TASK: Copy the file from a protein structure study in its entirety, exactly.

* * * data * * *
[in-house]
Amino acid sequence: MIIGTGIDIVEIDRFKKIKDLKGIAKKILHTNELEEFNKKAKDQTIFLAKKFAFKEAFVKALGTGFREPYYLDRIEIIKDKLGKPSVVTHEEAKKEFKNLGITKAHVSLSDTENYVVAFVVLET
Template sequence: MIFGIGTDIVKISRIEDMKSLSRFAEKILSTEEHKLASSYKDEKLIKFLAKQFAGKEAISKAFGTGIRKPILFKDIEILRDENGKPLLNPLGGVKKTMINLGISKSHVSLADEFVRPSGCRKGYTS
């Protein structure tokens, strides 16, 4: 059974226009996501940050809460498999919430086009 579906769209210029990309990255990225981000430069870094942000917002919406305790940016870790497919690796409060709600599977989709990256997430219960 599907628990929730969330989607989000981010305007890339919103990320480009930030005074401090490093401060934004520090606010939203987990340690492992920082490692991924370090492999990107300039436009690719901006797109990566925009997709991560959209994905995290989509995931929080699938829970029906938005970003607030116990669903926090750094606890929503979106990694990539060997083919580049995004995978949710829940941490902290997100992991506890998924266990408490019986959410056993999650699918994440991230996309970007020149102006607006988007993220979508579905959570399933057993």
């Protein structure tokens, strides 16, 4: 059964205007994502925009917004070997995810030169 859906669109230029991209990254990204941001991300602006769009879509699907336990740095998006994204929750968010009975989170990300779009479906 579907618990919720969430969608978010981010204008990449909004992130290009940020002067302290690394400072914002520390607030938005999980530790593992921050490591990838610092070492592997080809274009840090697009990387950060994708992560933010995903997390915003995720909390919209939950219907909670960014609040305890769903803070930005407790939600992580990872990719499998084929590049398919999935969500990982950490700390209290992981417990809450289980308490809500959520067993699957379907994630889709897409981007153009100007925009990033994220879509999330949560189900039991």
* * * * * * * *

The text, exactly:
[in-house]
Amino acid sequence: MIIGTGIDIVEIDRFKKIKDLKGIAKKILHTNELEEFNKKAKDQTIFLAKKFAFKEAFVKALGTGFREPYYLDRIEIIKDKLGKPSVVTHEEAKKEFKNLGITKAHVSLSDTENYVVAFVVLET
Template sequence: MIFGIGTDIVKISRIEDMKSLSRFAEKILSTEEHKLASSYKDEKLIKFLAKQFAGKEAISKAFGTGIRKPILFKDIEILRDENGKPLLNPLGGVKKTMINLGISKSHVSLADEFVRPSGCRKGYTS
């Protein structure tokens, strides 16, 4: 059974226009996501940050809460498999919430086009 579906769209210029990309990255990225981000430069870094942000917002919406305790940016870790497919690796409060709600599977989709990256997430219960 599907628990929730969330989607989000981010305007890339919103990320480009930030005074401090490093401060934004520090606010939203987990340690492992920082490692991924370090492999990107300039436009690719901006797109990566925009997709991560959209994905995290989509995931929080699938829970029906938005970003607030116990669903926090750094606890929503979106990694990539060997083919580049995004995978949710829940941490902290997100992991506890998924266990408490019986959410056993999650699918994440991230996309970007020149102006607006988007993220979508579905959570399933057993």
């Protein structure tokens, strides 16, 4: 059964205007994502925009917004070997995810030169 859906669109230029991209990254990204941001991300602006769009879509699907336990740095998006994204929750968010009975989170990300779009479906 579907618990919720969430969608978010981010204008990449909004992130290009940020002067302290690394400072914002520390607030938005999980530790593992921050490591990838610092070492592997080809274009840090697009990387950060994708992560933010995903997390915003995720909390919209939950219907909670960014609040305890769903803070930005407790939600992580990872990719499998084929590049398919999935969500990982950490700390209290992981417990809450289980308490809500959520067993699957379907994630889709897409981007153009100007925009990033994220879509999330949560189900039991």